Depression: An Overview
Depression is more than simply feeling unhappy or fed up for a few days. This article will outline what depression is, signs of depression and tips for helping cope with depression.
Most people go through periods of feeling down, but when you're depressed you feel persistently sad for weeks or months, rather than just a few days.
Some people think depression is trivial and not a genuine health condition. They're wrong – it is a real illness with real symptoms. Depression is not a sign of weakness or something you can "snap out of" by "pulling yourself together".
The good news is that with the right treatment and support, most people with depression can make a full recovery.
How to tell if you have depression
Depression affects people in different ways and can cause a wide variety of symptoms.
They range from lasting feelings of unhappiness and hopelessness, to losing interest in the things you used to enjoy and feeling very tearful. Many people with depression also have symptoms of anxiety.
There can be physical symptoms too, such as feeling constantly tired, sleeping badly, having no appetite or sex drive, and various aches and pains.
The symptoms of depression range from mild to severe. At its mildest, you may simply feel persistently low in spirit, while severe depression can make you feel suicidal, that life is no longer worth living.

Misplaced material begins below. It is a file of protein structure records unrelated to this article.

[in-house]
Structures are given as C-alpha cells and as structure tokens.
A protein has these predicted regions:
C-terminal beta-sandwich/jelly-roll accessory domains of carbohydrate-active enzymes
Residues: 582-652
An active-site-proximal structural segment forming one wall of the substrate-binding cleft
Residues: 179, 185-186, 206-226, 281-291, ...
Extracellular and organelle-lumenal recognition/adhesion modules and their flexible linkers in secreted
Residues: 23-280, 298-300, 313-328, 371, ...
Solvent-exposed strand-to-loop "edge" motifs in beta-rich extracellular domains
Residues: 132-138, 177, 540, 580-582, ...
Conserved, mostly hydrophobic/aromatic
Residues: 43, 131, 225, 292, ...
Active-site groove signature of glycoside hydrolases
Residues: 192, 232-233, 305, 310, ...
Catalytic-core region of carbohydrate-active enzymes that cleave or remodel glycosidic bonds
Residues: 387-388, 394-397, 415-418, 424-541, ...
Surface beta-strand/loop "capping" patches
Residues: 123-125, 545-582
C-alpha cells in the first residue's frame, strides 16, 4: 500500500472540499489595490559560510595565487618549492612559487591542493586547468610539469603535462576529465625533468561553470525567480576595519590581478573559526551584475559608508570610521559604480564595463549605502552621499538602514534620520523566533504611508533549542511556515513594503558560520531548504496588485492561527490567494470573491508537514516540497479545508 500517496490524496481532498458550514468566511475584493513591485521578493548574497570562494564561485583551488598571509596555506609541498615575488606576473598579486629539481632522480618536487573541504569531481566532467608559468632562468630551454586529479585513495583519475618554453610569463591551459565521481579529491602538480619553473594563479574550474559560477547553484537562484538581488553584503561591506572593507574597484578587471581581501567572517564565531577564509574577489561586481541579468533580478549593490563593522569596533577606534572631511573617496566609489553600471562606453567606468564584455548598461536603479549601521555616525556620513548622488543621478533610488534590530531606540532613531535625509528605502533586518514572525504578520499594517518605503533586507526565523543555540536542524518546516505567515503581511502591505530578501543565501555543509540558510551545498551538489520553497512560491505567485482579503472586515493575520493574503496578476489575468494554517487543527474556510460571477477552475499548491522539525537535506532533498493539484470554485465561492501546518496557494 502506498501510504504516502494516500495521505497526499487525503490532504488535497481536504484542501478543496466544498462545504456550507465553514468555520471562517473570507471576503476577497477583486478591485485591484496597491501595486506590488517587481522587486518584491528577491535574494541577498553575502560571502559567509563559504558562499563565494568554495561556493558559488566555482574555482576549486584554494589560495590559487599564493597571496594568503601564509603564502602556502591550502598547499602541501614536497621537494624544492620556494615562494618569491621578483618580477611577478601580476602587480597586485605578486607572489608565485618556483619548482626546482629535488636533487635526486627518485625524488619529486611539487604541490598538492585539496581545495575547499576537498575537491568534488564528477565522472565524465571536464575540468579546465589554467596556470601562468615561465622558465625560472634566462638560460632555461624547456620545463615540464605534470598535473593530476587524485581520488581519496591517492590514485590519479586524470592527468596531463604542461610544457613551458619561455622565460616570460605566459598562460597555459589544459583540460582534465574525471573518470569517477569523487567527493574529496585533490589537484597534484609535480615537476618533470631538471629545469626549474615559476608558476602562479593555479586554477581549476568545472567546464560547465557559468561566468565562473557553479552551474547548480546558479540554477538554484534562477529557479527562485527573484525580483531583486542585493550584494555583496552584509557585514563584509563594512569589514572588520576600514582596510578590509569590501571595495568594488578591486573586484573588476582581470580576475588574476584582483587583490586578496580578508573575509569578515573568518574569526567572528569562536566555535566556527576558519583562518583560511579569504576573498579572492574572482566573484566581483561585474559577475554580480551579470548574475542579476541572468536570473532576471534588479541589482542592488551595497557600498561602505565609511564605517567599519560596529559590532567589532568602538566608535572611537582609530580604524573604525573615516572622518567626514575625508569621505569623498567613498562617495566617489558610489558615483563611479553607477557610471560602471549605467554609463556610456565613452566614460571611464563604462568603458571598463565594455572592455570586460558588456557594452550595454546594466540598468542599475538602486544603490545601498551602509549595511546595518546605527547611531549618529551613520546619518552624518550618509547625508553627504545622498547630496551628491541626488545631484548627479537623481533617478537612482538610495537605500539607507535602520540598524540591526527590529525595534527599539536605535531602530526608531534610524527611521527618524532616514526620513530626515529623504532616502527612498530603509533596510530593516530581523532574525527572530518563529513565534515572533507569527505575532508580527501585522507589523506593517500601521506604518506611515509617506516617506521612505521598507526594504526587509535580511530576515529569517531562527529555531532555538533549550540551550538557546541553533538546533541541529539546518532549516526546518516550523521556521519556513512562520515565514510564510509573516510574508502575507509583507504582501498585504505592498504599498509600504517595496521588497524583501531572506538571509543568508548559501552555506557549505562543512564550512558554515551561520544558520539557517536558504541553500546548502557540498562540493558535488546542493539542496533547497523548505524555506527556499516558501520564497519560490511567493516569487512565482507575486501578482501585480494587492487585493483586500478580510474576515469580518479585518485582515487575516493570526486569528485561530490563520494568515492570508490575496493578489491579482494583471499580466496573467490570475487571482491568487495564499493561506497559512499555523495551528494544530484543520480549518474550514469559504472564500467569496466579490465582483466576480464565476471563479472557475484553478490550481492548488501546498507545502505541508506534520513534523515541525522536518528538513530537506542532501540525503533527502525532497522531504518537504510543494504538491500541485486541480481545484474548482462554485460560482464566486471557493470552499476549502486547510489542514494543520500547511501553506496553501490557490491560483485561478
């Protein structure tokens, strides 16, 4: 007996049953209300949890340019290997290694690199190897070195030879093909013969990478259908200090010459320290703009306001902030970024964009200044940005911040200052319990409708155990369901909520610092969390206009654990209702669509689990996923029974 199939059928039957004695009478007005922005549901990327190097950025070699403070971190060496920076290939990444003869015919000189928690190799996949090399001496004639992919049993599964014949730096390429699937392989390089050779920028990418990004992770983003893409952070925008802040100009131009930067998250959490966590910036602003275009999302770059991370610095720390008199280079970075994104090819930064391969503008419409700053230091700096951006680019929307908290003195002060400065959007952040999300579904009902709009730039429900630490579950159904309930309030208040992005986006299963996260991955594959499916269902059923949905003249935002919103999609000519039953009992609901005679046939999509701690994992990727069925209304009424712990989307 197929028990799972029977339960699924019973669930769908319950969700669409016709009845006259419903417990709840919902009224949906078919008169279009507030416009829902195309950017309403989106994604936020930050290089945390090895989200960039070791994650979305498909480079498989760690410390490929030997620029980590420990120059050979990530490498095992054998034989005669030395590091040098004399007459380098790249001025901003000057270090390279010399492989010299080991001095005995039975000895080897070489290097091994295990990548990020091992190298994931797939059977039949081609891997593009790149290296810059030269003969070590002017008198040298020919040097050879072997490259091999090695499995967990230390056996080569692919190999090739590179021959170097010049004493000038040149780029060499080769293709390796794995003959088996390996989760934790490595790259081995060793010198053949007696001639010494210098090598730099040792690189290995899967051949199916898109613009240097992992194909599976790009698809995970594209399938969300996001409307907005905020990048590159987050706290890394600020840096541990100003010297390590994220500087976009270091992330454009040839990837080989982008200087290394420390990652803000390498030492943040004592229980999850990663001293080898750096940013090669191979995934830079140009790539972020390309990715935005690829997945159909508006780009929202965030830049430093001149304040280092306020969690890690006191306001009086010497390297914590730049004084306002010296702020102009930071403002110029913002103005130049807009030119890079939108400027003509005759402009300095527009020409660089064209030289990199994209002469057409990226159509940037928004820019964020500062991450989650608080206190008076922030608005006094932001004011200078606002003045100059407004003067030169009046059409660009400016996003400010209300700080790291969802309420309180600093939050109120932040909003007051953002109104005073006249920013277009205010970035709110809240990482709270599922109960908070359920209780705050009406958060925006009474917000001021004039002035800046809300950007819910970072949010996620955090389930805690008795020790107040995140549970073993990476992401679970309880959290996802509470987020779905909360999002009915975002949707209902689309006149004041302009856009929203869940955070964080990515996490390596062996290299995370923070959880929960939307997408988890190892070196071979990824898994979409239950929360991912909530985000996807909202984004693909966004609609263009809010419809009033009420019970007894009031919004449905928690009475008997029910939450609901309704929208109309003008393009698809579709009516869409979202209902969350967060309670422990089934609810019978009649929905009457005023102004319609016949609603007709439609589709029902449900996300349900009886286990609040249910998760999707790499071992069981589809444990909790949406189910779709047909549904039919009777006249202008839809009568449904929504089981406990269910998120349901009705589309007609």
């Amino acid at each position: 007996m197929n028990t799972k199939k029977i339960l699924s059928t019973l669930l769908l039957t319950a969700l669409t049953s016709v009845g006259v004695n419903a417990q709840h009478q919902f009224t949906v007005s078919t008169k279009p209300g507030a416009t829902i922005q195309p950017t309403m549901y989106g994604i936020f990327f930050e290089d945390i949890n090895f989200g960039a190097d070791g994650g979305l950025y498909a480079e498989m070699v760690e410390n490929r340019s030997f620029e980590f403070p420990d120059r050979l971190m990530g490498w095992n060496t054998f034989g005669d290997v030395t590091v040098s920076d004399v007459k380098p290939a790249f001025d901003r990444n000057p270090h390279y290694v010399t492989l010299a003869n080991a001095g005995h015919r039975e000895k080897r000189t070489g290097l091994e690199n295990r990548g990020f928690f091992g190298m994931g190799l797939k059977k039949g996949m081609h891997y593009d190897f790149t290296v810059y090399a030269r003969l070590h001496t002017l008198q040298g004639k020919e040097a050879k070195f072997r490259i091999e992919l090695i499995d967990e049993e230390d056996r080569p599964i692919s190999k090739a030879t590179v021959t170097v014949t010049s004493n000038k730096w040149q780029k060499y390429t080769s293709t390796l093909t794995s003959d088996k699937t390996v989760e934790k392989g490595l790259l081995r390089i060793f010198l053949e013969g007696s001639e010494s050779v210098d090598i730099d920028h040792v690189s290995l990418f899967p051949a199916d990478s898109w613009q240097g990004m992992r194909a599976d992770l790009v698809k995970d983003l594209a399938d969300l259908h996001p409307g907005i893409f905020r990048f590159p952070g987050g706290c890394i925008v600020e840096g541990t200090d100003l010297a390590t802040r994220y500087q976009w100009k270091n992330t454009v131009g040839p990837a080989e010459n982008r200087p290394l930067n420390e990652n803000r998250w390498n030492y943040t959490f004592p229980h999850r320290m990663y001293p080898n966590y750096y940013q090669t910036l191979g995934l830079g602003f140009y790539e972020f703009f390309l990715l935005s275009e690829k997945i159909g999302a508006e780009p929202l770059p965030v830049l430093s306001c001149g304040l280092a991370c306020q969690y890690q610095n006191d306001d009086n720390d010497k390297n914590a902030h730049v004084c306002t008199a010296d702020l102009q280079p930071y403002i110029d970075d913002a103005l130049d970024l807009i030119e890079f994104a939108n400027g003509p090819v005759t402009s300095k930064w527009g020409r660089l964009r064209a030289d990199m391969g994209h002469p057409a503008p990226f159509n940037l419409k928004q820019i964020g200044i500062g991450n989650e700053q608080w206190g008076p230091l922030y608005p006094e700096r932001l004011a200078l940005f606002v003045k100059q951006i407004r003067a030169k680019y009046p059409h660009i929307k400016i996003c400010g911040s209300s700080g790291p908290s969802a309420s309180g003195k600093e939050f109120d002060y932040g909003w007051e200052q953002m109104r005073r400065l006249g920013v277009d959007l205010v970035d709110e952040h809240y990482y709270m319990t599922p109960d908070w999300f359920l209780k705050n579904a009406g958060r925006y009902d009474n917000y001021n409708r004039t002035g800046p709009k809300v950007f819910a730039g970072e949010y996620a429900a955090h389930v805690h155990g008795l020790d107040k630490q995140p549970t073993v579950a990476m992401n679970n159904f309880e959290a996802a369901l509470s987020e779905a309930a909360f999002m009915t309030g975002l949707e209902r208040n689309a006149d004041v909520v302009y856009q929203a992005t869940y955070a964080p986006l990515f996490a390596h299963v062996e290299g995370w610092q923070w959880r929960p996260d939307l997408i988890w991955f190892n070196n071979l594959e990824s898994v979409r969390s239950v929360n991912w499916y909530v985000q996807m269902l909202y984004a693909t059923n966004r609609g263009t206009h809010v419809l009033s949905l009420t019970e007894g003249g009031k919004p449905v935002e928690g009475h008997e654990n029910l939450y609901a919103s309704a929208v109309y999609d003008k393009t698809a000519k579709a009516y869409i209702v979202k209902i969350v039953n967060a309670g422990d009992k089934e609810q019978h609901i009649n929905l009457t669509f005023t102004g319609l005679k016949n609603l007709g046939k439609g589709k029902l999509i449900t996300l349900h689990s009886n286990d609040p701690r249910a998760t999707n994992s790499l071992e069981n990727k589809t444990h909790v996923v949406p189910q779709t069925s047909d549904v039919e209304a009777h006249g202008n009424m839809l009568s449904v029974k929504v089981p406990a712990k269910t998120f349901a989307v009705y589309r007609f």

Most people experience feelings of stress, anxiety or low mood during difficult times. A low mood may improve after a short period of time, rather than being a sign of depression.
Symptoms of depression
The psychological symptoms of depression include:
- continuous low mood or sadness
- feeling hopeless and helpless
- having low self-esteem
- feeling tearful
- feeling guilt-ridden
- feeling irritable and intolerant of others
- having no motivation or interest in things
- finding it difficult to make decisions
- not getting any enjoyment out of life
- feeling anxious or worried
- having suicidal thoughts or thoughts of harming yourself
The physical symptoms of depression include:
- moving or speaking more slowly than usual
- changes in appetite or weight (usually decreased, but sometimes increased)
- unexplained aches and pains
- lack of energy
- low sex drive (loss of libido)
- changes to your menstrual cycle
- disturbed sleep – for example, finding it difficult to fall asleep at night or waking up very early in the morning
The social symptoms of depression include:
- avoiding contact with friends and taking part in fewer social activities
- neglecting your hobbies and interests
- having difficulties in your home, work or family life
Severities of depression
Depression can often come on gradually, so it can be difficult to notice something is wrong. Many people try to cope with their symptoms without realising they're unwell. It can sometimes take a friend or family member to suggest something is wrong.
Doctors describe depression by how serious it is:
- mild depression – has some impact on your daily life
- moderate depression – has a significant impact on your daily life
- severe depression – makes it almost impossible to get through daily life; a few people with severe depression may have psychotic symptoms